The Ombudsman asked the Council how many care agencies on its list charged the Council’s rates. Of the 22 providers on the Council’s list, there were none who advertised a live-in care service and also accepted Havering’s rates.  Five providers accepting Havering’s commissioned rates for homecare, but this was a direct payment arrangement.

Ms X remained dissatisfied with this outcome; the Council offered to meet with Ms X to discuss the panel’s decision. Ms X declined, saying she intended to bring her complaint to the Ombudsman.

Ms X had told the Council from the outset that she wanted to purchase Mrs Y’s care via a direct payment.

In October, the officer said the payments would be based on the assessment completed in August 2018 because the social worker who completed the review in October had not formally requested an increase in the care package. The officer asked Ms X to confirm if a care package was already in place and said, “You would need to discuss the rate of pay with the carer(s) or if an agency then you would need to be aware of what they are going to charge as any expense that is greater than the LBH allocation amount will need to be covered by the service user ie your mum…”

Ms X received a direct payment contract from the Council on 10 October, the direct payments based on the September 2018 support plan. Despite signing within the week, she was told that the direct payments would be available only on 2 November 2018. She said the assessed contribution was incorrect as the assessment had included attendance at the day-centre, and that additional funding was required to cover the carer’s two-hour break (previously, carers had taken their breaks when Mrs Y had attended the day-centre).


The Ombudsman found that the Council had failed to assess Mrs Y’s needs properly and in accordance with the law. Although the Council had initially responded to Ms X’s for a need’s assessment for Mrs Y in a timely manner, it failed to provide Ms X with copies of the assessment and support plan. There was no good reason for this.

The Council agreed funding for home care visits in early September 2018 but failed to communicate this to Ms X.

It failed to provide the funding for Mrs Y’s care by way of the direct payments that had always been requested on behalf of Mrs Y, meaning that Mrs Y’s savings were spent down further.

Ms X had contacted the Council at the end of September to inform it of Mrs Y’s deteriorating condition and asked it to reassess her needs, with reasons relating to evidence of increased needs. This should have alerted the Council to the fact Mrs Y was still funding her care privately and had not received a care and support plan from the September assessment. The October re-assessment concluded Mrs Y needed overnight care, and identified the need for a mental capacity assessment to establish if Mrs Y could decide where she should live, and if she understood the risks of remaining at home. This was not completed until 16 November.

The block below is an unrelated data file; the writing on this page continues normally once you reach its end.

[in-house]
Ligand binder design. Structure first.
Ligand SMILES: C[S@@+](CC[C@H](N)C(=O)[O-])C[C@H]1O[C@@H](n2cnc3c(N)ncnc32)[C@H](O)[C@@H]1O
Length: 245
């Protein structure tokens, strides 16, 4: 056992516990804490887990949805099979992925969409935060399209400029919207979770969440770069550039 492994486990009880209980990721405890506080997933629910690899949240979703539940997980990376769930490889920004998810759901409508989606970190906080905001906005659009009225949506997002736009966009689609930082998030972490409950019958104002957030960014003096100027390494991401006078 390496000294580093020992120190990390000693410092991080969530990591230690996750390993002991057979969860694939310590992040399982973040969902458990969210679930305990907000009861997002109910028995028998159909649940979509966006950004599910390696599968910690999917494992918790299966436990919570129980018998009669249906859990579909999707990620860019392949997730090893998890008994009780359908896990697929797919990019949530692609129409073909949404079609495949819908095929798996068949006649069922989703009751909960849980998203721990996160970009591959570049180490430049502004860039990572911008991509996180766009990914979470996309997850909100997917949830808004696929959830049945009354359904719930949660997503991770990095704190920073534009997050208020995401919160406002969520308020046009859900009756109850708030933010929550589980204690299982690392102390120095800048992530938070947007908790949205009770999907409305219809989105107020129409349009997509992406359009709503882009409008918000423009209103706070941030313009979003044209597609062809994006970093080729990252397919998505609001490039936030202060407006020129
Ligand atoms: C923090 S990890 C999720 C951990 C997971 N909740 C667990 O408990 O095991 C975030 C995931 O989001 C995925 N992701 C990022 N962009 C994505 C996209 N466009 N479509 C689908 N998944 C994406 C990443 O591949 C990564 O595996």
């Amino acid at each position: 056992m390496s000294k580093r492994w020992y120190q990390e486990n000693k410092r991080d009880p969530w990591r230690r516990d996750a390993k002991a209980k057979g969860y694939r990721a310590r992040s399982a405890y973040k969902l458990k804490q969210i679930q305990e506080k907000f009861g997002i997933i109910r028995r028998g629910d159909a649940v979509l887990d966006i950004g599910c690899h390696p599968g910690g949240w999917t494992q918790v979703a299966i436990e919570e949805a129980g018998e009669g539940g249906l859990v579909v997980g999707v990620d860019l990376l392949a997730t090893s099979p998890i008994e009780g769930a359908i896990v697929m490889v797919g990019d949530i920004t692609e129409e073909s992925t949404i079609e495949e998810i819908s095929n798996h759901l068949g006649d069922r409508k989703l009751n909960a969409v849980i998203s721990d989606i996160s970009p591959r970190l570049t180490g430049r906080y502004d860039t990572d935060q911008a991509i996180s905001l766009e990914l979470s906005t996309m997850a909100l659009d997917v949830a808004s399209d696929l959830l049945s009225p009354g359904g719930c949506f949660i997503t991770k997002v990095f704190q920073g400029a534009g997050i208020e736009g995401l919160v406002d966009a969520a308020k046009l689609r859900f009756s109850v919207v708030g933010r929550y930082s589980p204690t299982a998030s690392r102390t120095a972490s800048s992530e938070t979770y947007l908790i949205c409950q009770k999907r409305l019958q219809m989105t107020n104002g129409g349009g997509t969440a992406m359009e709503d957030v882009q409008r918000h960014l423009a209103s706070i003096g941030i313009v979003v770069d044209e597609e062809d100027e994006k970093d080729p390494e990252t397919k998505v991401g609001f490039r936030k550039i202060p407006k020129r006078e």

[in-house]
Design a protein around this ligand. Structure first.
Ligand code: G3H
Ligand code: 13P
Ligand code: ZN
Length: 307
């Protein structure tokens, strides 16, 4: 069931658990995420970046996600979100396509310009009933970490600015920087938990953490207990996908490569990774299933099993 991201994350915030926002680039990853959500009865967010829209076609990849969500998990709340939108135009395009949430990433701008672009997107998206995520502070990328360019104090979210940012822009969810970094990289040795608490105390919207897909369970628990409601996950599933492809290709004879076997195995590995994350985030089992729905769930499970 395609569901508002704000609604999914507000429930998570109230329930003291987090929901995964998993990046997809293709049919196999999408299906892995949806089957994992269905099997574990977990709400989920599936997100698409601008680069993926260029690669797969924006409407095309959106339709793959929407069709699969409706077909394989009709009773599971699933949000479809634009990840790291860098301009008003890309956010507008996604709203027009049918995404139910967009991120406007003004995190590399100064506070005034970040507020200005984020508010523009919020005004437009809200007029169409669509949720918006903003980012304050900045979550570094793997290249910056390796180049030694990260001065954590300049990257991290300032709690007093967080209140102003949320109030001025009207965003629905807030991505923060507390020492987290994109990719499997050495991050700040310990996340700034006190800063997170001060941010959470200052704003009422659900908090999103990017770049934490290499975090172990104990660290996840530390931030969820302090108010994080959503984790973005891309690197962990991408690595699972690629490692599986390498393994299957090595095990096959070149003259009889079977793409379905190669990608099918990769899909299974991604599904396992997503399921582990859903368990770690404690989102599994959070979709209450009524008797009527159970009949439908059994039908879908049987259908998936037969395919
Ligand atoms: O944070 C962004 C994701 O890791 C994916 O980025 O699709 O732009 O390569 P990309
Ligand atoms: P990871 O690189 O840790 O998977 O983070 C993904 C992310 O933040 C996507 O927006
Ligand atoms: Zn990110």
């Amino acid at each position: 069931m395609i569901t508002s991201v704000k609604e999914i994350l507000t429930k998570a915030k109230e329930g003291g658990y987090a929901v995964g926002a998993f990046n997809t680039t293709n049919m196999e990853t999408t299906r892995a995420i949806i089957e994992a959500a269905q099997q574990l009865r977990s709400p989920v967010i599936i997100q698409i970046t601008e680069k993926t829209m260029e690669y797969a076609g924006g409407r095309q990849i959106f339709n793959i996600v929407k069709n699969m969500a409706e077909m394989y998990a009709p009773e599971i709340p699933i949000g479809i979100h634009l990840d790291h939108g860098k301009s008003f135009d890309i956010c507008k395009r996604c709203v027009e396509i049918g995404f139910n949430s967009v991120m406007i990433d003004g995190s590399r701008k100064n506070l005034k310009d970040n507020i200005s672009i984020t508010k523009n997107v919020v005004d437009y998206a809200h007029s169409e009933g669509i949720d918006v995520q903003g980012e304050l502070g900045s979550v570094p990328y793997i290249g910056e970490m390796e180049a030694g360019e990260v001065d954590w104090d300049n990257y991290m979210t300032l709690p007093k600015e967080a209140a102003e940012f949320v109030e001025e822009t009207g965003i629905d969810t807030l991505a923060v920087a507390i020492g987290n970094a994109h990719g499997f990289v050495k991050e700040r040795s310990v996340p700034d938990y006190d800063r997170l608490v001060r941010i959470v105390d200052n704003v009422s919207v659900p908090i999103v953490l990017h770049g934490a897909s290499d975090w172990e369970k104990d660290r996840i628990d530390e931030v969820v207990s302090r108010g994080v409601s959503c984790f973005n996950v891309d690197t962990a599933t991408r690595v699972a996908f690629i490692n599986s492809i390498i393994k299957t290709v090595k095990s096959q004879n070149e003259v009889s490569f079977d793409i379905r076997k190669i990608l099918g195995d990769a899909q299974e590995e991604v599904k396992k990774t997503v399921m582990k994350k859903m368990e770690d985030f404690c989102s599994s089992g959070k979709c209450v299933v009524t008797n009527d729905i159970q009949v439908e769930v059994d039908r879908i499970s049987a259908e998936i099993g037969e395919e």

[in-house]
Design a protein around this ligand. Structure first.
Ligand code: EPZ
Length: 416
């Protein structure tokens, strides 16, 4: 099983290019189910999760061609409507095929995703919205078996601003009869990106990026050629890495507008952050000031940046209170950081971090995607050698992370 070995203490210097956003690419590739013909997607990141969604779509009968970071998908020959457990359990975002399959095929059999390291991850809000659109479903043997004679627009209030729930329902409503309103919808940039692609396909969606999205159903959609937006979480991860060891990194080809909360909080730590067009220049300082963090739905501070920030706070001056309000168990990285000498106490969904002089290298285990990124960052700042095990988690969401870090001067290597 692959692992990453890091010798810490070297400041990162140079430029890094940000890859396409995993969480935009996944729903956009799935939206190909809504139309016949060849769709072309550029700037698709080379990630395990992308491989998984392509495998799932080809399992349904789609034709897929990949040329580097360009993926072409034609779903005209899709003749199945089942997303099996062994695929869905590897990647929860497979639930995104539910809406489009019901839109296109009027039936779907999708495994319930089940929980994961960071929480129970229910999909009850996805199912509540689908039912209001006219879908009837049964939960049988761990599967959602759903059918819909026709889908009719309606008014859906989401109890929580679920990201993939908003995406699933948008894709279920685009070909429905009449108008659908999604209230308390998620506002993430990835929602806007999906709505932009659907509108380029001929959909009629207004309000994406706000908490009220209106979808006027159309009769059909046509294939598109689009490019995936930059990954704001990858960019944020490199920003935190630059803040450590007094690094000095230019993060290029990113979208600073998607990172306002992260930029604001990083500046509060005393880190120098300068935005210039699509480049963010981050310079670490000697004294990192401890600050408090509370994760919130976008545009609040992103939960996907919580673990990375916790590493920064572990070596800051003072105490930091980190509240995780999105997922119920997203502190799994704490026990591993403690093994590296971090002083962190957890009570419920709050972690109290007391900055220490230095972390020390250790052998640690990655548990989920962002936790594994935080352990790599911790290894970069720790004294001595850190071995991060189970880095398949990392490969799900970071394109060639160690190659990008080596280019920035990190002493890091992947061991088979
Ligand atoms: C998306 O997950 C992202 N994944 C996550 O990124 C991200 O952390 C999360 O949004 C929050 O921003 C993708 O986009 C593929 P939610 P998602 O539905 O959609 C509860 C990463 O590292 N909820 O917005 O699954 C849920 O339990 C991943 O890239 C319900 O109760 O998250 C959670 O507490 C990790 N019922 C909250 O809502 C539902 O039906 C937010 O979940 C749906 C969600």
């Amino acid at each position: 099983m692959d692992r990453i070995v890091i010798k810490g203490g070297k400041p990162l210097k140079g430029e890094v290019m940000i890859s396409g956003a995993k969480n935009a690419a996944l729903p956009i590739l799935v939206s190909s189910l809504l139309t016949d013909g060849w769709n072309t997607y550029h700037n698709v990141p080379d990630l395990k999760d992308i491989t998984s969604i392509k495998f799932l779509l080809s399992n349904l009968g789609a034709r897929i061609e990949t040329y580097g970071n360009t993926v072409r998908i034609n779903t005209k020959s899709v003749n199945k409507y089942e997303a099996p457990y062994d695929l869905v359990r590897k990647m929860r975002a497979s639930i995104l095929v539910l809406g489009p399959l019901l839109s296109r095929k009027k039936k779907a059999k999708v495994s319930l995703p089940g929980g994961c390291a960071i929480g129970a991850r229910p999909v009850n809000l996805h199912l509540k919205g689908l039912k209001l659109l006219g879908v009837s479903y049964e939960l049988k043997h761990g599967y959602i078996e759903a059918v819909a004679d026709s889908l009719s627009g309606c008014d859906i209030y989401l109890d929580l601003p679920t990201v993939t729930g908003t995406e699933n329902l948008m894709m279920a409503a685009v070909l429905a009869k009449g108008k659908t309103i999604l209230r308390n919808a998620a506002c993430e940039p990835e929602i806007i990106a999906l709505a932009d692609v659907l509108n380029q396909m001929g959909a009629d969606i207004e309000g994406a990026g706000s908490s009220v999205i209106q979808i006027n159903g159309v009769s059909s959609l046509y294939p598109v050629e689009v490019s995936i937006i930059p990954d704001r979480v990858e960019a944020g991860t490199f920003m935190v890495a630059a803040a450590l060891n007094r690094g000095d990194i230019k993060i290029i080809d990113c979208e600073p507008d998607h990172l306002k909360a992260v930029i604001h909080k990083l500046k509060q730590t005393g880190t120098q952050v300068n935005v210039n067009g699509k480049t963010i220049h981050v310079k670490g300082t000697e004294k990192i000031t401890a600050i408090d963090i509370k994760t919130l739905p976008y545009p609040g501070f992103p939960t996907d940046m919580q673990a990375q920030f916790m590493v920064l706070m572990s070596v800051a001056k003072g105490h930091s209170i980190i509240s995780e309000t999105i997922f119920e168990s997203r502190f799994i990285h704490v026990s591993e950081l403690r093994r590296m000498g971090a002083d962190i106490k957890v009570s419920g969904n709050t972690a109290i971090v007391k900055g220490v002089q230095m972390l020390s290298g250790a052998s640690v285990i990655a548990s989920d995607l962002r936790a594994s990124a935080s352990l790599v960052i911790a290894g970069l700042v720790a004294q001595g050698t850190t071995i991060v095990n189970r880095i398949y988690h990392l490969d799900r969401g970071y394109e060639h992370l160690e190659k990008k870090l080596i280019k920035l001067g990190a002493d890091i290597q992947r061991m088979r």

During that time Mrs Y remained at home and at risk and it was because of this Ms X took matters into her own hands and arranged a live-in care service.

The Council was at fault for not responding swiftly to the outcome of the October needs assessment and not arranging adequate care or funding. Had the assessment been completed sooner, a best interests decision could have been made about the type of care that the council could have been considered offering funding for.

The Council was aware of Mrs Y’s eligible need for overnight care in October but told Ms X that funding would be based on the previous assessment in September because of the absence of an internal step required of the officer. There was no logical basis for this decision which caused unnecessary stress and frustration for Ms X and further financial strain for Mrs Y.

The Council was also at fault for failing to carry out a financial assessment following the assessment in September and October 2018. Financial assessments should be completed after a needs assessment, but before the commencement of services, in order to enable people to make informed decisions about the implications of the council’s charges for the care.

The Council was aware none of the agencies on its provider list provided live-in care at the Council rates. The Council says it allocated Mrs Y “its standard rate for live-in care”.  The personal budget was insufficient to cover the cost of the care.  In Mrs Y’s case the personal budget was insufficient to cover the real cost of the care.   This was fault and not in accordance with the Care Act or Statutory Guidance. 

The Care and Support statutory guidance says, “The local authority should not set arbitrary upper limits on the costs it is willing to pay to meet needs through certain routes – doing so would not deliver an approach that is person-centred or compatible with public law principles”.

When the Council allocated funding, it failed to backdate the payments to the correct dates. Funding for home care visits should have been backdated to the date the assessment was requested in July 2018, if it was confirmed Mrs Y was below the financial threshold at that point. The Council also failed to backdate payments for the live-in care service to the date when Mrs Y’s needs could only rationally be regarded as having changed (8 October 2018).

The Council told Ms X it would not cover the cost of the live-in carer’s breaks. The LGSCO was prepared to find that there was no fault by the Council on this point (but see our comment below as to when that would not be case, in legal terms, in our view.)

Mrs Y had suffered a quantifiable loss which the council knew about. She had little choice but to cover the shortfall in funding from her own funds. She should not have had to do so. The Council should reimburse her for everything spent unnecessarily.